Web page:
- Measure the light using either your camera’s reflective light meter, or an incident light meter.
- Adjust your aperture, shutter speed and ISO according to the scene, look you want, subject and activity. What you adjust depends on which shooting mode you use.
- Snap away.
Sound familiar? It should do.
It’s exactly what you do when photographing with natural light, which is a type of ambient light in photography.
Have you ever taken a photo at night around a campfire using the fire as your light source? The fire was your ambient light. Because of the low light conditions, you no doubt had to increase your ISO, slow down your shutter speed and widen your aperture.
Your camera settings determine how much ambient light is allowed in the photo.
In other words, you can underexpose, overexpose or accurately expose the ambient light with your camera settings using the exposure triangle.
You’ll see why this is important to know in a moment.
Controlling ambient light in photography
You have three ways to control light, regardless of what type of light it is:
- Reflect – bounce light back into your subject with a reflector or any reflective surface
- Diffuse – partially block the light with a diffuser or any thin fabric that lets through some, but not all, of the light
- Block (aka flag) – use a solid object (black or white) to cast shadow over your subject so that no direct light lands on them. The object can be handheld or look for the shadow cast by a large object, like a building or a tree.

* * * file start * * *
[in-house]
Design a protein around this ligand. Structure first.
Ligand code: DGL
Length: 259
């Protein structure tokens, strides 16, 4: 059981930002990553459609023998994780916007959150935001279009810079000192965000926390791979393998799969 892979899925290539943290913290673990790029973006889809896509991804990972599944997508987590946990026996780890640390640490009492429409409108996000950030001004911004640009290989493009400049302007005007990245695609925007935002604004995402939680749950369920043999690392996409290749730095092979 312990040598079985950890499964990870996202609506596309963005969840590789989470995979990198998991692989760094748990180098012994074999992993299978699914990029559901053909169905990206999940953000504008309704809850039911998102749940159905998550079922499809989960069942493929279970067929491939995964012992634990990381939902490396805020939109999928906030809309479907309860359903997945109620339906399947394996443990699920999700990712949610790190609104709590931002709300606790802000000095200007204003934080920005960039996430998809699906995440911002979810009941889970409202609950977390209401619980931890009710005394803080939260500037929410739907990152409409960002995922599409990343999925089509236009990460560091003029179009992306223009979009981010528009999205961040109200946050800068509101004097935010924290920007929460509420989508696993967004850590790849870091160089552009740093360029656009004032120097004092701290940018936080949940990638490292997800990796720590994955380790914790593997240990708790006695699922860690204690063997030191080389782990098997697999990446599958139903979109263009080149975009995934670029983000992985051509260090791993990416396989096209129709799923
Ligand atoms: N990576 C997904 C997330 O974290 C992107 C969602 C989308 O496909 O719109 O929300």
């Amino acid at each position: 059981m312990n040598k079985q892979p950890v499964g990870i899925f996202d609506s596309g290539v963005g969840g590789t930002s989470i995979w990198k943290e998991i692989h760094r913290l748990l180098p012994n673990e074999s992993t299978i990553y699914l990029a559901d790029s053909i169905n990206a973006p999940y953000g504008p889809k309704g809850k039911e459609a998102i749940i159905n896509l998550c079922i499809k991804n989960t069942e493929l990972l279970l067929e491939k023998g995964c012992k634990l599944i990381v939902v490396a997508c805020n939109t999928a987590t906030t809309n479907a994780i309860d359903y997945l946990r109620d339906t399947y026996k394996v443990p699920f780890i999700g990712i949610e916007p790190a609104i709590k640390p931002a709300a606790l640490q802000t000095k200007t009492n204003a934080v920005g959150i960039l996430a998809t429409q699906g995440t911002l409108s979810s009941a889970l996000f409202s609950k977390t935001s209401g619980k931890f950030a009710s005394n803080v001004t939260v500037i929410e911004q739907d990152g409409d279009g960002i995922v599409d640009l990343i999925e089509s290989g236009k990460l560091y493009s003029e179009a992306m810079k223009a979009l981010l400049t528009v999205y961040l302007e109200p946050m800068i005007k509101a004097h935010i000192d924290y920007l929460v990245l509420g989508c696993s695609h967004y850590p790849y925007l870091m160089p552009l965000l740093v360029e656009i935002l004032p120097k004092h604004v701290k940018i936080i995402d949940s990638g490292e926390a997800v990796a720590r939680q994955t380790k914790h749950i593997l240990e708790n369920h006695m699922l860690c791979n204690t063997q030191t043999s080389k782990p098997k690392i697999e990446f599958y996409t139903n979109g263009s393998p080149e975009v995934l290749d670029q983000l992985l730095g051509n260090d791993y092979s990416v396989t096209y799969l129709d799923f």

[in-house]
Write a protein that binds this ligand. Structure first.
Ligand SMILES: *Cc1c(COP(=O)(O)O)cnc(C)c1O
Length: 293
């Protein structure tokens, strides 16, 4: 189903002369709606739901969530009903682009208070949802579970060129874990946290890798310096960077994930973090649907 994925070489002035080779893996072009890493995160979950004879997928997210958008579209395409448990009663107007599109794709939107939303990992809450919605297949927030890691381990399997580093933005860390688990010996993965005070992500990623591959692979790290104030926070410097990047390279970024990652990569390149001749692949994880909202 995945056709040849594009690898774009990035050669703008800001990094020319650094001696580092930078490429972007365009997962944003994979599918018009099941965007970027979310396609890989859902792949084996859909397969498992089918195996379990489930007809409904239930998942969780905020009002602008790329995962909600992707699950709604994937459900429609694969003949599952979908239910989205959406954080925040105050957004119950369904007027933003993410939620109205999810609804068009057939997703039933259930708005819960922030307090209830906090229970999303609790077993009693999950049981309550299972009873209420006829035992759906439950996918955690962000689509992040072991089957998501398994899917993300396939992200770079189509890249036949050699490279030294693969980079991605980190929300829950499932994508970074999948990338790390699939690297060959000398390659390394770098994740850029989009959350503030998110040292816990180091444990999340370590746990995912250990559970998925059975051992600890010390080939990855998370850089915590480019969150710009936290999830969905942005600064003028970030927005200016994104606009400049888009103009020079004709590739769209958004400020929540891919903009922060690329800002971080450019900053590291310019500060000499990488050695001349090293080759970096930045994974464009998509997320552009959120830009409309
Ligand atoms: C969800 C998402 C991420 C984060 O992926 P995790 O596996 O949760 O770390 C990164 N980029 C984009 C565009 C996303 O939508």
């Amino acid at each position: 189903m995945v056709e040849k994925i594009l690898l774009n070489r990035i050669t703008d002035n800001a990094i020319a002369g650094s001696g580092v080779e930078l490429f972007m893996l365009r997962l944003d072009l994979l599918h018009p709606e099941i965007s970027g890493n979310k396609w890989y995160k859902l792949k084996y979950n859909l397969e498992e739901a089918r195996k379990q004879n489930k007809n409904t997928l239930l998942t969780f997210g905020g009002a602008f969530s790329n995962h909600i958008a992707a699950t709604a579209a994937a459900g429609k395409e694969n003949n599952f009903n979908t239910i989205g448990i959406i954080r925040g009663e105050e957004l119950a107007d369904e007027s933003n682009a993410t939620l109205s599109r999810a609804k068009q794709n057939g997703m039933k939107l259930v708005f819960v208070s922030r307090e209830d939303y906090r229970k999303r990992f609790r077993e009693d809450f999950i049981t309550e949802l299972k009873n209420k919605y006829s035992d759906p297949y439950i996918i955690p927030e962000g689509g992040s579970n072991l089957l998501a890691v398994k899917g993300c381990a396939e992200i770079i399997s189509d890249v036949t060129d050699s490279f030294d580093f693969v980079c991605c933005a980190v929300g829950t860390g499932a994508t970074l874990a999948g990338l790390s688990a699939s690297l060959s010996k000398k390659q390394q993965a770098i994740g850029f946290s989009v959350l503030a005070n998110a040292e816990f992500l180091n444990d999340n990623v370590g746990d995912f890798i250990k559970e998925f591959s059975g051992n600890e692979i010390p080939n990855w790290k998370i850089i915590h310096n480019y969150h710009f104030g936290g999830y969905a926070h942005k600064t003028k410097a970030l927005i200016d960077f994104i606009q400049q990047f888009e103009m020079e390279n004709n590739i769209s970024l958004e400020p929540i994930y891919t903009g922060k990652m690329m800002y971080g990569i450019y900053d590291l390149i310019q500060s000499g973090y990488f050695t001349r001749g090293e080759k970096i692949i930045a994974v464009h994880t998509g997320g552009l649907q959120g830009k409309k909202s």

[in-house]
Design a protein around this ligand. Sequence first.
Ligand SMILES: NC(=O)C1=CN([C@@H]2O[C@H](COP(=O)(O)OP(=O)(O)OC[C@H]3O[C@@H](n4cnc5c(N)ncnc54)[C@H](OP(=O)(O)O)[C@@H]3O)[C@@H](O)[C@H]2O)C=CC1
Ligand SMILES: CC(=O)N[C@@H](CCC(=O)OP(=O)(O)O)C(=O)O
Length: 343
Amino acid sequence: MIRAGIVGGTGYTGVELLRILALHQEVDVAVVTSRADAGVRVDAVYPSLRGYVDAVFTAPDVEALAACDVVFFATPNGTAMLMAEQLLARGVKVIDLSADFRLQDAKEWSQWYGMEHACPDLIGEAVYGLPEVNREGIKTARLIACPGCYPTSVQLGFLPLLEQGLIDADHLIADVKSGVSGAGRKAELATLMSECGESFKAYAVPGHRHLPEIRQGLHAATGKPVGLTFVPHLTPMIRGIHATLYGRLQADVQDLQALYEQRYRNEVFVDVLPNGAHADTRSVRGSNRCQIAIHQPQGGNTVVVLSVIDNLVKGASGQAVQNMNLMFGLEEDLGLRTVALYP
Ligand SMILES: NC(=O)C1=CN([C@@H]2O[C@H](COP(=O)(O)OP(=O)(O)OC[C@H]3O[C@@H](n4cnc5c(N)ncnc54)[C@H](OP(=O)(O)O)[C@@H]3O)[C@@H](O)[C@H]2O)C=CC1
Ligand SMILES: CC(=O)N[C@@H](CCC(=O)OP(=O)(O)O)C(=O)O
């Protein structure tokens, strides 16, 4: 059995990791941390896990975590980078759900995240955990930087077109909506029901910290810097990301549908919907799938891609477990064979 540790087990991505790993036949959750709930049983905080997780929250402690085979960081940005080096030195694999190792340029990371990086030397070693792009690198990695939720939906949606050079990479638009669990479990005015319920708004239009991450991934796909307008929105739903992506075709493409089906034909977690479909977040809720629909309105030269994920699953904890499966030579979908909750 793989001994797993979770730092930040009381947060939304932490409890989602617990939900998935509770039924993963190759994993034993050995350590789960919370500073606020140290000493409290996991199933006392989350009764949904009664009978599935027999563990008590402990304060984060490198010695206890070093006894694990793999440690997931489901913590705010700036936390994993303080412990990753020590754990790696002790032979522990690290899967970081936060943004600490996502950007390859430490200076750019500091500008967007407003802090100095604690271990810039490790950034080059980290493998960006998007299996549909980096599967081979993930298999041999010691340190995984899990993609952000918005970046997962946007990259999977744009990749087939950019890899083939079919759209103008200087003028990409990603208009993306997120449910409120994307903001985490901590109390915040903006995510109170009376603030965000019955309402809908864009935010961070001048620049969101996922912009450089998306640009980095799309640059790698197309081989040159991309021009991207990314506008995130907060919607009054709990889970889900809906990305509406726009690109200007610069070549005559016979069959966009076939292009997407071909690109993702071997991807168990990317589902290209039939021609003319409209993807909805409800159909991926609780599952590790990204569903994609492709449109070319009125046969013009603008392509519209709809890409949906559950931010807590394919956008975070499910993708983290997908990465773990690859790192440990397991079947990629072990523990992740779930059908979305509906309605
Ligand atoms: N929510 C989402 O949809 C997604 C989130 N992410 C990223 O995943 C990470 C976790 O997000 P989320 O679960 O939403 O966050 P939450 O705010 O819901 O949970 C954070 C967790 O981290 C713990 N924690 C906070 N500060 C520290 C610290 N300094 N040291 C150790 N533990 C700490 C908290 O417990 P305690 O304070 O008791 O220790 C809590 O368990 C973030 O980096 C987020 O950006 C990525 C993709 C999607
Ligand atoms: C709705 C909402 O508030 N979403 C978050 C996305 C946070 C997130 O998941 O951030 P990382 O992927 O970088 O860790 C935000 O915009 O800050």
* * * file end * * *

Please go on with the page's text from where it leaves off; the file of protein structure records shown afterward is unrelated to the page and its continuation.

If you understand ambient light so far, you’re ready for more advanced lighitng techniques.
How do you use ambient light?
You can combine ambient light in portrait photography with other types of light.
So, if the ambient is:
- Natural light – you can add flash, or a constant light (like a desk lamp)
- Neon shop signs – you can add flash or a constant light (like LED light)
This is where the point that I made earlier becomes important – your camera settings determine how much of the ambient light is recorded.
I underexposed the ambient light for a dark(ish) background and lit her with flash to create shadows to flatter her face and separate her from the background.
If you want the subject to stand out and the background to be dark:
- Underexpose the ambient light (i.e. measure the light on the background and set your aperture, shutter speed and ISO to underexpose it)
- Then add enough light to your subject so that they’re accurately exposed
If you want the subject and the background to be equally lit, but the light is behind your subject so the side facing you is in shadow and the background is not:
- Accurately expose the ambient light (i.e. measure the light on the background and set your aperture, shutter speed and ISO to expose it correctly)
- Then add enough light to your subject so that they’re also accurately exposed. In short, balance the ambient light with your flash (or whatever you’re using to light the subject)
Just make sure you set your white balance for the light falling on your subject.
If you understand this concept, you’re ready to learn how to use off camera flash.
Further reading: Getting started with off camera flash